Trevithick points out that flying instead of driving has also the goal to prevent roadside IED (Improvised Explosive Device) or suicide attacks on Mine Resistant Ambush Protected (MRAP) armored trucks that can cause significant injuries to any civilian in the vicinity.

However, the Embassy Air flights are not cheap: according to a report released in September by the State Department Inspector General a 7-minute helicopter trip from the airport to the U.S. embassy in Afghanistan costs nearly $1,500, while a 1-hour plane journey in Iraq is priced at nearly $4,800, the report said. These high fares are hampering some diplomatic operations.

Stars and Stripes reported that:

High ticket prices have forced some offices to use other means of transportation, such as military or commercial airlines, and have forced officials to cancel visits to government project sites, the IG found in an audit of the airline, which maintains fleets of several planes and about two dozen helicopters in the two countries.

The $1,500 ticket price for a 7-minute helicopter trip from the U.S. Embassy in Kabul to nearby Camp Alvarado near the airport represents a nearly 400% increase from the price four years ago, the audit found.

A 1-hour flight from the Baghdad Diplomatic Support Center to the southern Iraq city of Basra, where the U.S. has a consulate, is priced at nearly $4,800, a 770% increase, it said.

The increases stem from a move by the board that oversees funding of the Embassy Air program to cover a larger share of operational costs through ticket sales instead of congressionally appropriated funds.

But, as ticket prices rose, ridership fell, and the IG audit found that officials did not routinely adjust the frequency of flights or the number of aircraft to align with changing demand.

As a result, the State Department “will continue to pay for significant costs associated with Embassy Air operations that are underused in addition to paying the costs associated with alternative modes of transportation,” the report said.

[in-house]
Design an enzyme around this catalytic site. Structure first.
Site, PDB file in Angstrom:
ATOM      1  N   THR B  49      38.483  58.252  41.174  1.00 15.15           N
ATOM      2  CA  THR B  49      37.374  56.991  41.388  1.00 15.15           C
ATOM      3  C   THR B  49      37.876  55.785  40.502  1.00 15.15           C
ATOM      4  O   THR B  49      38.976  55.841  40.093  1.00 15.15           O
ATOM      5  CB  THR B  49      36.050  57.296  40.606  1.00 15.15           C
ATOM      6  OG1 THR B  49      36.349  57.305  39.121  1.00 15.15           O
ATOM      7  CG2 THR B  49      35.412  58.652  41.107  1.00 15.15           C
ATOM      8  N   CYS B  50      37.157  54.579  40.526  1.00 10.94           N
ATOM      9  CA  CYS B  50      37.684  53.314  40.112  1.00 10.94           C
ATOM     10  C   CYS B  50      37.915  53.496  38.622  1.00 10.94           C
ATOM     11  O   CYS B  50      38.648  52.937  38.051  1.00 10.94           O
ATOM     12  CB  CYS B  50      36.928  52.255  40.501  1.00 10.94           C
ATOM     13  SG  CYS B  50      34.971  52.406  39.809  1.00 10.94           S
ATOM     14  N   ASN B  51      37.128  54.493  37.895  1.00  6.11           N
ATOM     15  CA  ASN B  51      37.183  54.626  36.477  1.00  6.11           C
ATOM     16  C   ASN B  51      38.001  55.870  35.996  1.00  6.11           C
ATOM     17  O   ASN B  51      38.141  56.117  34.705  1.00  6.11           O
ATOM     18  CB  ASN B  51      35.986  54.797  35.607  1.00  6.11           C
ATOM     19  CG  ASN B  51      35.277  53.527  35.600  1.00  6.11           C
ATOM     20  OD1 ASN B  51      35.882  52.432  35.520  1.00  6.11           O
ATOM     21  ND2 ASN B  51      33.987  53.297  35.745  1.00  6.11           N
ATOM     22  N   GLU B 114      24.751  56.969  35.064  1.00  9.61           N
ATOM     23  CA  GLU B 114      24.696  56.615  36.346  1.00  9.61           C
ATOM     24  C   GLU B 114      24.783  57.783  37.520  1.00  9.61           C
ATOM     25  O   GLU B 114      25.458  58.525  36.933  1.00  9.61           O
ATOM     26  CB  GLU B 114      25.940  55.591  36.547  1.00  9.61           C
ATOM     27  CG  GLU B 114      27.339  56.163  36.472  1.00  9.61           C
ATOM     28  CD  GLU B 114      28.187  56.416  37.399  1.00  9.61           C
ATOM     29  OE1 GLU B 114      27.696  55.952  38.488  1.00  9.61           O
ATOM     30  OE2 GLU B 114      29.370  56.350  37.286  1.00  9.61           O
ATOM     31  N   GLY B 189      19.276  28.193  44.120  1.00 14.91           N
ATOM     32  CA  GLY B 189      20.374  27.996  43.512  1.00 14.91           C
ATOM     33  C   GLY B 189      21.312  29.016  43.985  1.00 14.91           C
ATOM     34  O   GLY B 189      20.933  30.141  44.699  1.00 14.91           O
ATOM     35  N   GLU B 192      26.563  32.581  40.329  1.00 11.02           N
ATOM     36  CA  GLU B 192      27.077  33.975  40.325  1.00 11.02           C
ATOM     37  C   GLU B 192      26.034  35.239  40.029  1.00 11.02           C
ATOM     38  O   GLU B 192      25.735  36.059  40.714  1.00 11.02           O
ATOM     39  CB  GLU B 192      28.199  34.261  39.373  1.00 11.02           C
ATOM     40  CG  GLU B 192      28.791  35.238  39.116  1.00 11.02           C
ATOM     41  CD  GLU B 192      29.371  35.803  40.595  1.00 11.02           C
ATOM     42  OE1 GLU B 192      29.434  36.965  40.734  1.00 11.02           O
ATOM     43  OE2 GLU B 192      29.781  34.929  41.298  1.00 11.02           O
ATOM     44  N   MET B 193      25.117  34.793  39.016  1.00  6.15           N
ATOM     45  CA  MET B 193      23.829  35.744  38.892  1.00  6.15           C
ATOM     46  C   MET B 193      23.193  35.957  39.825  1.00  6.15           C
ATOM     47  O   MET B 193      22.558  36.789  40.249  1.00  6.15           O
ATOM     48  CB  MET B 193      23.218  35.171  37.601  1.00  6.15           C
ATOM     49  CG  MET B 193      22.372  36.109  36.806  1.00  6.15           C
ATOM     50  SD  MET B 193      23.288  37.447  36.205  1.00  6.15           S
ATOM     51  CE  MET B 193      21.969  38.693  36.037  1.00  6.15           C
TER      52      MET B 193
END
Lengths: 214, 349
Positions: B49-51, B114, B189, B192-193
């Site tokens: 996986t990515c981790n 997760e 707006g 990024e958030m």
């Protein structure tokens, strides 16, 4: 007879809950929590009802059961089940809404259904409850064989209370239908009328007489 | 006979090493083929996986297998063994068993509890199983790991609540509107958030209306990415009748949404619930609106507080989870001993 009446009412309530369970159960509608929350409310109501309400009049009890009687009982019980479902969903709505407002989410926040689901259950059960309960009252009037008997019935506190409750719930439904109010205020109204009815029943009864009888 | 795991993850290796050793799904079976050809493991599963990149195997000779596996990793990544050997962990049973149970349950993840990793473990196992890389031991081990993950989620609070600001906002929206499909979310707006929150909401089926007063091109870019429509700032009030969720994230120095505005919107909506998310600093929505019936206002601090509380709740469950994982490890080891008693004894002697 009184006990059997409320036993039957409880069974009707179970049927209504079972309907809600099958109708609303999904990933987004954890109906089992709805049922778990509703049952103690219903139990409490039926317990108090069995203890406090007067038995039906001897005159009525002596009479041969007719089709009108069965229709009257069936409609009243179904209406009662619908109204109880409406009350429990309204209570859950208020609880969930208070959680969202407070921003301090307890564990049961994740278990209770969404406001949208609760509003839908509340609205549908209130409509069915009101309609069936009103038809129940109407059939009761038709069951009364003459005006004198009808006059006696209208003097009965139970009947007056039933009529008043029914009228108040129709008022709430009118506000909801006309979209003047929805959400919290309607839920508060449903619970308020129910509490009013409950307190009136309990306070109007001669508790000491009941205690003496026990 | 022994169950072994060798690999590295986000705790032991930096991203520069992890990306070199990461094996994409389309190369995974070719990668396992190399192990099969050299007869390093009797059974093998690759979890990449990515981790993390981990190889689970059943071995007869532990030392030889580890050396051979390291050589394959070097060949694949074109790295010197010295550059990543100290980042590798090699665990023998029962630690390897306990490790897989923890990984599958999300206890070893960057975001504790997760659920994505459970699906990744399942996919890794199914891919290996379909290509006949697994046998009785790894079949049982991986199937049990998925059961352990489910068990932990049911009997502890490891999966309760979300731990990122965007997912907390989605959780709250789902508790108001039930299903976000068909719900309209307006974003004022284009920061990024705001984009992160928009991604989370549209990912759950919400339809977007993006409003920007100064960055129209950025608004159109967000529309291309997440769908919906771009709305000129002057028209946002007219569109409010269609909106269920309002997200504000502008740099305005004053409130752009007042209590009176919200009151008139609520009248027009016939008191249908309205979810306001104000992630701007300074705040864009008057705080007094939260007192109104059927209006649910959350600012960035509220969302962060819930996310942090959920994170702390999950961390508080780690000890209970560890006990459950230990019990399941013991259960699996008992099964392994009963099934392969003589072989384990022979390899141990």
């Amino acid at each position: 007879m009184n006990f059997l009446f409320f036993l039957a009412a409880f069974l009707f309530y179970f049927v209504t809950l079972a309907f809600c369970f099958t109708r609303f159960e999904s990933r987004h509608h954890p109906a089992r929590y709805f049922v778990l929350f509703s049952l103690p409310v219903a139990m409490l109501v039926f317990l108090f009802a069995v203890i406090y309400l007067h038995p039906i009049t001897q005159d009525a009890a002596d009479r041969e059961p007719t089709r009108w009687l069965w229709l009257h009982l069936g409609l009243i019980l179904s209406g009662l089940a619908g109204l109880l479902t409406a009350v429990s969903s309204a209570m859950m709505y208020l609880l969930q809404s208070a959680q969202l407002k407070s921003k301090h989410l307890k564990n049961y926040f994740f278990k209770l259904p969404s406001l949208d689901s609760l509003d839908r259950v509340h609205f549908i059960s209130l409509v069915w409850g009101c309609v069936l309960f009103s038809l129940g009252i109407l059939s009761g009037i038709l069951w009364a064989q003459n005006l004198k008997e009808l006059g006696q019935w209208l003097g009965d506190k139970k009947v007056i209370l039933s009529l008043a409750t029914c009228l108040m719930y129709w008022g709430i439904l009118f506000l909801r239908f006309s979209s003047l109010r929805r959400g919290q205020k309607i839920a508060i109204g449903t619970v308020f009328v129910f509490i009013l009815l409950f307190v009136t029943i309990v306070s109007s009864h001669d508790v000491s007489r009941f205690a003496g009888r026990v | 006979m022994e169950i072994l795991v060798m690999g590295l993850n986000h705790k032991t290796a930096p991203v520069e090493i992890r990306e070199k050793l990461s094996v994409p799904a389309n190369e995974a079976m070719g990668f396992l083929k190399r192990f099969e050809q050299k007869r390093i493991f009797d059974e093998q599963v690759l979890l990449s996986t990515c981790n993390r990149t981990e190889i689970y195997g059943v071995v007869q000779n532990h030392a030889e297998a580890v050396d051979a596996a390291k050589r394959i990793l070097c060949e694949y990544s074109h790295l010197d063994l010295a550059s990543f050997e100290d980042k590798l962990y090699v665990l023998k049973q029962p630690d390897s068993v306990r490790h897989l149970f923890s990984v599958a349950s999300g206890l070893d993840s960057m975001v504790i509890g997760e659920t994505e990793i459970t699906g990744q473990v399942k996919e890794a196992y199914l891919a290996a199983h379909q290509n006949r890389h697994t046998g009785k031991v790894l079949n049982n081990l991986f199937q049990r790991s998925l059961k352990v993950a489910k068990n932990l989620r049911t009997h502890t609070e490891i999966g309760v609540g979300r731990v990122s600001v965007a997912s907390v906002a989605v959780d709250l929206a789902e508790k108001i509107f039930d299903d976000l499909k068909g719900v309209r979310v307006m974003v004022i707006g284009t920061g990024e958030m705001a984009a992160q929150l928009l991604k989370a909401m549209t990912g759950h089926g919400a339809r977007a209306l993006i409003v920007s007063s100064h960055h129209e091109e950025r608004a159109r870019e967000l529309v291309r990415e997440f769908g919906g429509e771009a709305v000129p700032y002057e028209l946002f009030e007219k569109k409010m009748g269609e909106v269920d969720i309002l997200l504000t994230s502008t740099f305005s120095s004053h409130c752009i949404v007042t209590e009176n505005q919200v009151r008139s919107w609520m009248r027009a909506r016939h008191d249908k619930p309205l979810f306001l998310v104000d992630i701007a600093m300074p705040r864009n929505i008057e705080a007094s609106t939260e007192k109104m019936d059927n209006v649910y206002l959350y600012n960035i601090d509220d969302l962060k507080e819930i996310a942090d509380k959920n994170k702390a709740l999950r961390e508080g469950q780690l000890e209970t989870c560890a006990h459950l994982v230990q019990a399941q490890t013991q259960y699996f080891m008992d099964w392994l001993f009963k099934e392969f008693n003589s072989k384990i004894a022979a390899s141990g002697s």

As a side note, it’s worth mentioning that in order to protect ground transportation from IEDs in the Afghan theatre, the Italian Air Force deployed to Heat, Afghanistan, for three years, its EC-27J JEDI (Jamming and Electronic Defense Instrumentation). From 2012 to 2014, the specially-modified C-27J Spartan was tasked with 2,800 flight hours of electronic activities in support of 800 ISAF missions across the whole country (from Jalalabad to Herat, to Kandahar and Murghab) that prevented the attackers from using electronic devices to remotely detonate any Improvised Explosive Device (IED).



About David Cenciotti 3984 Articles
David Cenciotti is a freelance journalist based in Rome, Italy. He is the Founder and Editor of “The Aviationist”, one of the world’s most famous and read military aviation blogs. Since 1996, he has written for major worldwide magazines, including Air Forces Monthly, Combat Aircraft, and many others, covering aviation, defense, war, industry, intelligence, crime and cyberwar. He has reported from the U.S., Europe, Australia and Syria, and flown several combat planes with different air forces. He is a former 2nd Lt. of the Italian Air Force, a private pilot and a graduate in Computer Engineering. He has written four books.